The lofts are strong on these clubs: the pitching wedge or, as Honma has them, the 10 iron, is at 43 degrees of loft. For comparison, most manufacturers have their pitching wedge lofts at around 46 degrees.

Stock shafts are the Modus3 Tour 105 or the Vizard 85 graphite shaft. You are looking at around $175 per iron, which is extremely competitive with the P760/790 irons from TaylorMade or the Apex forged from Callaway.

The surface of a golf iron
The TR20P. Photo by Rob H.

On Course Review

What did I just hit…...Holy Moley!!! This iron was tremendous. Even with the stronger lofts, this iron still hit the ball high in the air, and landed softly. It had a great sound and a terrific soft feel.

These were an extreme upgrade from the previous model I tried. The Modus shaft complimented this club nicely. I even had the rest of my foursome try it. They are all 18+ handicaps, and all of them were shocked with how far and accurate the irons were.

This might not be a best iron for a 0-5 handicap - they should look at the V iron instead. The V iron has a thinner sole and smaller topline, which are much more desirable to a more advanced player. These are a strong contender to replace my current Miura irons. Also, remember, with these clubs, the pitching wedge is 43 degrees, so you will most likely need to retool your wedge setup for your wedge gapping.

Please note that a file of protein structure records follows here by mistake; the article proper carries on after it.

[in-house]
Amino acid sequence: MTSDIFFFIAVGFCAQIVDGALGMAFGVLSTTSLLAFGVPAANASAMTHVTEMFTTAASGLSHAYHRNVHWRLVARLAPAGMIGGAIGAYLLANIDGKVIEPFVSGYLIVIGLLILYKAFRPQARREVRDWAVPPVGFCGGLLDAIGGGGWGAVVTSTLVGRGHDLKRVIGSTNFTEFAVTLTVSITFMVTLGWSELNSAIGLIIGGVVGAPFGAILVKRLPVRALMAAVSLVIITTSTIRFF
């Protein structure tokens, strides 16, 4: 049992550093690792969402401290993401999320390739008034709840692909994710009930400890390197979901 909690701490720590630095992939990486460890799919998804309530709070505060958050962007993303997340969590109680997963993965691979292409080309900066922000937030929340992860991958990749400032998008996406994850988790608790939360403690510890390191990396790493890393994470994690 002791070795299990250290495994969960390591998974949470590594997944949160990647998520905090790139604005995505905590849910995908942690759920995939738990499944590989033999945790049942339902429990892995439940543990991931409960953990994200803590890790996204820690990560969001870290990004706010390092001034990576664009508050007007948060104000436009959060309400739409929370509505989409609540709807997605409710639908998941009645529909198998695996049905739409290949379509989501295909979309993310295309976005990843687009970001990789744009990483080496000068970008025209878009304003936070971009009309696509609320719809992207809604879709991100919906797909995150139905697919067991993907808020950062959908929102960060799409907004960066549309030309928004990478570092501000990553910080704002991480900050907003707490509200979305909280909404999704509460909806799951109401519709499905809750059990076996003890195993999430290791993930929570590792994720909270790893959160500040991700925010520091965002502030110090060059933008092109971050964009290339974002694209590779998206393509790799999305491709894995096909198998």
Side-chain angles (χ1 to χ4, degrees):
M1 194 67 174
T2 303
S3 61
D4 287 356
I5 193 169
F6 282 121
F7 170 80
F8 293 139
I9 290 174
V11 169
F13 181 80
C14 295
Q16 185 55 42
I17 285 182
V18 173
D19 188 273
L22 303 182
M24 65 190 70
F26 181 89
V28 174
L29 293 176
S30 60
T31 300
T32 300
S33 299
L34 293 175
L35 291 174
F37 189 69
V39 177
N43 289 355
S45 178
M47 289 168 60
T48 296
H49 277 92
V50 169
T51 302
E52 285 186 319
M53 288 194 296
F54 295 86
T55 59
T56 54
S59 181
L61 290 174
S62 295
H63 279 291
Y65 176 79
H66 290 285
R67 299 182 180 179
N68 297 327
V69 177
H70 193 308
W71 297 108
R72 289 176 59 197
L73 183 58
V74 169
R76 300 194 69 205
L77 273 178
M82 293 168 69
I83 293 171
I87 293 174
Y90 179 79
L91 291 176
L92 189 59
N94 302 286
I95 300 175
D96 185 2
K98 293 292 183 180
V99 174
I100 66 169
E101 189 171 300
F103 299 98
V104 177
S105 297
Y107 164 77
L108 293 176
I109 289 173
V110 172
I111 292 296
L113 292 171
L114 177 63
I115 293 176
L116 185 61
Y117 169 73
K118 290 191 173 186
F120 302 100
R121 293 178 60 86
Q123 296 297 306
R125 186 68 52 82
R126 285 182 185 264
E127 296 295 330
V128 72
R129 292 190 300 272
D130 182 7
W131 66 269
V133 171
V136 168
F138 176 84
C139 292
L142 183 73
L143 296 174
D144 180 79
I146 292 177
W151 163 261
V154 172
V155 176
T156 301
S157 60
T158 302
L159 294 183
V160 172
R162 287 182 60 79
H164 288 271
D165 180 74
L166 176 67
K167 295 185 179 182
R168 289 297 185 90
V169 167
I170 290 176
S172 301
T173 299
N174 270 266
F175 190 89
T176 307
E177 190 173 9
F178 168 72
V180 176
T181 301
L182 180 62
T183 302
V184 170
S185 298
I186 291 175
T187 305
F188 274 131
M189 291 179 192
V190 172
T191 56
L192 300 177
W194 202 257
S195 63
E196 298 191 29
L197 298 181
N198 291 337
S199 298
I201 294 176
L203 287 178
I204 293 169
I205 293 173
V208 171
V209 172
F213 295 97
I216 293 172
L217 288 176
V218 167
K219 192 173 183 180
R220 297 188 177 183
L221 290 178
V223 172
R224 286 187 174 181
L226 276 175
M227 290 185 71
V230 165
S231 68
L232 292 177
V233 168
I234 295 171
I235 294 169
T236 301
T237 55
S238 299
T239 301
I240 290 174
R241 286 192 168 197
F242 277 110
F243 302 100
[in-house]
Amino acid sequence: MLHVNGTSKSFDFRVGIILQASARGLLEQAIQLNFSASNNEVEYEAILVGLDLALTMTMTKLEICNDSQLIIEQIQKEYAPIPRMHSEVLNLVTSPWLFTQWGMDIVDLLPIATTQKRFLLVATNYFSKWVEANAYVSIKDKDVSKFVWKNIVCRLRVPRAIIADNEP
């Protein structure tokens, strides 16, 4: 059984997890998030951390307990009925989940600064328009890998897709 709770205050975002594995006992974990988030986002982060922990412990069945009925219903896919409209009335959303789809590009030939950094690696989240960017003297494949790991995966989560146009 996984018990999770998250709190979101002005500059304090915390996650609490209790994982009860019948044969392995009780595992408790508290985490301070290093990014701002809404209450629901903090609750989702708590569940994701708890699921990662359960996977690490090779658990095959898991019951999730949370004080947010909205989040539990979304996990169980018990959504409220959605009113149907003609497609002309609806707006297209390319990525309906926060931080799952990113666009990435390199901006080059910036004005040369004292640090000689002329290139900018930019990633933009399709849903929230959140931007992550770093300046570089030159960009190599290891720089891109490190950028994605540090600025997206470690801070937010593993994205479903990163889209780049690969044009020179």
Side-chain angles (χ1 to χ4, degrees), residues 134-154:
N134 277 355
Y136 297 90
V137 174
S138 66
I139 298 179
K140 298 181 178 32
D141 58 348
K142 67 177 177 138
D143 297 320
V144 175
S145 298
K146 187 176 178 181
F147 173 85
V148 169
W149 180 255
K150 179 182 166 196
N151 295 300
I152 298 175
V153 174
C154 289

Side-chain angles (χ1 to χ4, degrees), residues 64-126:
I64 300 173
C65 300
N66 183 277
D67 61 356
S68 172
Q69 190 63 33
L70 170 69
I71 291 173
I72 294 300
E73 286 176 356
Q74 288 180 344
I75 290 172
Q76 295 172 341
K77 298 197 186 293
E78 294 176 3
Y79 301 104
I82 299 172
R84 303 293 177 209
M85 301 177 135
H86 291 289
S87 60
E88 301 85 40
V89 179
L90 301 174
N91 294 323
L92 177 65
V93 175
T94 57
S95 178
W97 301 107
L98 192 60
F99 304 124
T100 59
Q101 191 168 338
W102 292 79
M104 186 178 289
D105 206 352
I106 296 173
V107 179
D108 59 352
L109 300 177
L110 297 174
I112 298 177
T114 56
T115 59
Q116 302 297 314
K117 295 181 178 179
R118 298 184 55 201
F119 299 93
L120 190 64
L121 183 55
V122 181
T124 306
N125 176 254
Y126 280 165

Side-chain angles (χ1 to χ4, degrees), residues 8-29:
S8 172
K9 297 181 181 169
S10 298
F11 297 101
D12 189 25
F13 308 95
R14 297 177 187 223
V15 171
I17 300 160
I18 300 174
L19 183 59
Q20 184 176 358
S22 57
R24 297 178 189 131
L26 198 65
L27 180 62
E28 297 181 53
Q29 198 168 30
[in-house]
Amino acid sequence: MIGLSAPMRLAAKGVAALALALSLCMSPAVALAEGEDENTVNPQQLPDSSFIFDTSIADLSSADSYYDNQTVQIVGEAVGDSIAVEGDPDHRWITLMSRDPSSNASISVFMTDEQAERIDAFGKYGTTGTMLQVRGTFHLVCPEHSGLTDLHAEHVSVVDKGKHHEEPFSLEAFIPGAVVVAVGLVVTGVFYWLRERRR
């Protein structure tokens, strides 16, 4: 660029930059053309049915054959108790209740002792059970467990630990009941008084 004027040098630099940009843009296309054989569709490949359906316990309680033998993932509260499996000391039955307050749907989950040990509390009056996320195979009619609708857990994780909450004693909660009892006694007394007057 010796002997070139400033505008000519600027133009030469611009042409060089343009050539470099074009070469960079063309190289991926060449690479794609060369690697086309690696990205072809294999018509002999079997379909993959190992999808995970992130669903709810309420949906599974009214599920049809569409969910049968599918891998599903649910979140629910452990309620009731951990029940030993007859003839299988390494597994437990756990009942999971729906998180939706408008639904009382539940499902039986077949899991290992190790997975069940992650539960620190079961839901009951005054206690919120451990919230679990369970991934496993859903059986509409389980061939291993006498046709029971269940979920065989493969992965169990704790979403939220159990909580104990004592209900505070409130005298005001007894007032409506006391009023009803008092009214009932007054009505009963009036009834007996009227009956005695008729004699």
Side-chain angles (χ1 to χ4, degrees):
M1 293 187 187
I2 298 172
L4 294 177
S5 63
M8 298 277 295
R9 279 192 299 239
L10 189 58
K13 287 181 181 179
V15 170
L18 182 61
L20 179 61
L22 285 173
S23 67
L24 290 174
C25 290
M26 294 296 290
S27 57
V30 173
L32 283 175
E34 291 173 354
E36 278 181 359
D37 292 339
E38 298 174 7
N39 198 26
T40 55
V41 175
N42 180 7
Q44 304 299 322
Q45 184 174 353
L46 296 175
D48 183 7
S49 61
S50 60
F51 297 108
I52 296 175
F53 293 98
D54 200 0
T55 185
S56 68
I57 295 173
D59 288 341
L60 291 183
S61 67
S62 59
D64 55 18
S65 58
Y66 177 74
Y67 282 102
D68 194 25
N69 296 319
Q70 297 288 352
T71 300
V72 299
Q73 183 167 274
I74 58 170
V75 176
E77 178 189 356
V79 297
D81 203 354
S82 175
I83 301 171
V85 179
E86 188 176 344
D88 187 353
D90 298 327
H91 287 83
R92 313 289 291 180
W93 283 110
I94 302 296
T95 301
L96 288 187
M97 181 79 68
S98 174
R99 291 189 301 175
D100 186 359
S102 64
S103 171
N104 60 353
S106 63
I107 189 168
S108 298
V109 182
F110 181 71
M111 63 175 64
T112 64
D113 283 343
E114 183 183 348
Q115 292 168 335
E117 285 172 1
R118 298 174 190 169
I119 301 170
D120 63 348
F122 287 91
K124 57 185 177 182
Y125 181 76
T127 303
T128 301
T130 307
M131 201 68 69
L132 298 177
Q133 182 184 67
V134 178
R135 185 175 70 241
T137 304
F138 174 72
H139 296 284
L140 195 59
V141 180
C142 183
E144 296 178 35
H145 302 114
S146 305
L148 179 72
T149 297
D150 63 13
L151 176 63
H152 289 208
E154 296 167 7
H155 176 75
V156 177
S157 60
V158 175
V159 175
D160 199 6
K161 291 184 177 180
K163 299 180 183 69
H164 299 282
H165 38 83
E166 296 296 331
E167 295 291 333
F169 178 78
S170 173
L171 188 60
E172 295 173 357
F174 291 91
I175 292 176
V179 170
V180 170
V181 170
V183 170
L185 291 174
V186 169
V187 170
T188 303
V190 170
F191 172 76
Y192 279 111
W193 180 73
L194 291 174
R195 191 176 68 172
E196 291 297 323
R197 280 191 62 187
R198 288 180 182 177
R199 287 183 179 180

T/World W4 Wedge

A silver golf iron
The T/World W4 wedge. Photo by Rob H.

I have used Honma wedges in the past, in particular the TW-3 wedge. I absolutely loved it. It was one of the best-feeling wedges I have ever hit. However, I ended up not playing it for very long because the shafts were short and I could not order them lengthened.

Honma’s craftsmanship continues into the W4 wedge. This wedge contains a beautifully-crafted backing that allows the center of gravity to be manipulated to ensure each wedge performs at its best. The stronger lofted wedges feature an I-sole design that allows for better turf interactions on full swing shots and, starting at the 54-degree loft, the wedges feature a C sole to assist with more delicate shots around the green.

The wedges come stock with a Modus3 Tour 125 Wedge shaft. They offer wedge lofts in 2 degree increments all the way to the 60 degree. The wedge price is around $149, so it is extremely competitive with other major manufacturers.

The surface of a silver golf wedge
The T/World W4. Photo by Rob H.